Recently I was applying a thick coating of antibiotic cream to an abrasion my eldest achieved from doing something she realized (in retrospect) was a bad idea. It was while listening to her hiss in pain as she attempted to hold still that I was struck with a thought. Kids are a second chance to learn from your own mistakes.
You see, the thing she did was something I easily could have done once upon a time. I have even considered it before. However, by that time I was old enough to think the idea all of the way through and realise what the end result would probably be. She is still at the age of: “I have an idea! Let’s try it.”
Being a parent of really creative children is a joy and a challenge. They come up with some wonderful insights but they also find their fair share of trouble. Sometimes they find that trouble earlier than they are prepared to deal with it. Mostly it is because they simply haven’t learned to think things through. It can be a hard lesson to learn. Some people never learn it.
Bumps, bruises, scrapes, and embarrassment help encourage us to look ahead to possible outcomes. This is a good thing for self preservation but it can also be a bad thing if you only weigh the negative outcomes. There is a balance that has to be learned. Sometimes it is worth it to take the chance. Sometimes it is not. The important thing is to think about things before you do them.
I would like to say this is a lesson I know well, but that would be a lie. In some things I am good at looking ahead and going “Nope. Bad Idea. Okay, Plan B…” In other things it never occurs to me. (Hence the three novels currently being worked on all at the same time.) Sometimes I see the mud puddle and jump it without look to see what the ground is like on the other side. That is a good way to lose shoes. (I know from experience.)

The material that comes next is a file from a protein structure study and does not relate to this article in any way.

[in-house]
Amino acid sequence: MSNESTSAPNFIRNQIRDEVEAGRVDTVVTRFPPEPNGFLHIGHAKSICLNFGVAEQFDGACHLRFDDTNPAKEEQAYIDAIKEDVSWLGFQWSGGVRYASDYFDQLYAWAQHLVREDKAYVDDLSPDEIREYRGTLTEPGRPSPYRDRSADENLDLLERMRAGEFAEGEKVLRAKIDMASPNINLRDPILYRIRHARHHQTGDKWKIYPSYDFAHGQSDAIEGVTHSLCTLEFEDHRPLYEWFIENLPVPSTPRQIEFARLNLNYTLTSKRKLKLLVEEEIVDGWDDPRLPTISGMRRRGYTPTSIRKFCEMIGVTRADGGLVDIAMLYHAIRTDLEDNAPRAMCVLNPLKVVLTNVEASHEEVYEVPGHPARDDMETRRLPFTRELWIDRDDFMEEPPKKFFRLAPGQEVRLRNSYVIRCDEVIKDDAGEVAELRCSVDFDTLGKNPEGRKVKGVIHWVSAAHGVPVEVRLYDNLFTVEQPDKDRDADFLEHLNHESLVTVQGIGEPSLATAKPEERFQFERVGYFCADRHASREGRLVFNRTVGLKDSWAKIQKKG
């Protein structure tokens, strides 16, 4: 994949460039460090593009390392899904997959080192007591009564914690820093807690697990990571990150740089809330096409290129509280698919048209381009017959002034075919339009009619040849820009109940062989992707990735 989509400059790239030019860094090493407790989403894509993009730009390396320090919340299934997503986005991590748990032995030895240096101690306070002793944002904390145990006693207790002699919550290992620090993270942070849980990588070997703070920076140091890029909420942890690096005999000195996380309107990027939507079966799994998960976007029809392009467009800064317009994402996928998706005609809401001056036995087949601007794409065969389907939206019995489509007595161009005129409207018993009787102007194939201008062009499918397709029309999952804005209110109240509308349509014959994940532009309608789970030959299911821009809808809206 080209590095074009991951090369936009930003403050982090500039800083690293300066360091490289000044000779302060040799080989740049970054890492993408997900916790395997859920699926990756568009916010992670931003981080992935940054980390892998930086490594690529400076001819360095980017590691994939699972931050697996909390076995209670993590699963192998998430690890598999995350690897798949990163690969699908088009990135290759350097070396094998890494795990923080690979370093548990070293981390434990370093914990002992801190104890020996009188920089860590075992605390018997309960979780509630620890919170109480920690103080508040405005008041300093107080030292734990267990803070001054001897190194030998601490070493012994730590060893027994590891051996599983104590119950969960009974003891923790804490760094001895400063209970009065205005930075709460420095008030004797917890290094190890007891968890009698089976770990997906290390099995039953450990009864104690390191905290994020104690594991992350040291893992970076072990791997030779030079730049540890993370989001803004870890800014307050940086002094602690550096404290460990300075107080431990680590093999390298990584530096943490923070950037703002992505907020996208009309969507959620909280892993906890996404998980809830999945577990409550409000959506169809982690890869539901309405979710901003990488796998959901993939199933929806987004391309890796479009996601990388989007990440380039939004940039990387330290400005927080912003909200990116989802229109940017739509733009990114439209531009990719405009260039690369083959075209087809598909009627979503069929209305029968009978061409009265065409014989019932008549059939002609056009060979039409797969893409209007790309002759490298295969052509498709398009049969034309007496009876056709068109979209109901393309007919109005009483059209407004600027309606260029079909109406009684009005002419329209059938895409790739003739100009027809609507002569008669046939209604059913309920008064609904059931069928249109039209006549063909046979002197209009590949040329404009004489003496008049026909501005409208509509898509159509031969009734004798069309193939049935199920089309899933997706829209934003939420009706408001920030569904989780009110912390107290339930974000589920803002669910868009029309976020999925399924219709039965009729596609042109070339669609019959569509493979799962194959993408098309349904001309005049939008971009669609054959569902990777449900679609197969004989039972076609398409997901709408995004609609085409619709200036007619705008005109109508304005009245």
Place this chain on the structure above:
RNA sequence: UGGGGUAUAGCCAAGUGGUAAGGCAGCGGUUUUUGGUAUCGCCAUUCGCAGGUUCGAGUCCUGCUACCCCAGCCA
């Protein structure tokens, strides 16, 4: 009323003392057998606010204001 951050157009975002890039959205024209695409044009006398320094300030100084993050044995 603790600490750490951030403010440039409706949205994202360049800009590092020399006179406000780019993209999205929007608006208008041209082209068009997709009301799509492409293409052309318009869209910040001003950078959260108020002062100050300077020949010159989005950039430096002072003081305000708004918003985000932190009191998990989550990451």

If my daughter had thought things through she wouldn’t have gotten hurt. It is a lesson she has learned and will not repeat soon. It also reminded me of my own mistakes and the things I learned.
Parents like to repeat: Look Before You Leap. There is a reason. It is cliche but it is ancient wisdom we try to pass on. We try to warn our offspring. Often they don’t listen to the warning and end up making their own mistakes anyway, just as we did.
One day they will grow up and pass that phrase on to their own children, who will roll their eyes and make mistakes. It is part of the learning process. However, if the same mistake keeps getting repeated over and over then the lessons aren’t getting through and it may be time for extra guidance. (Unless you are trying to make something. Then those “mistakes” turn into “drafts” or “experiments.”)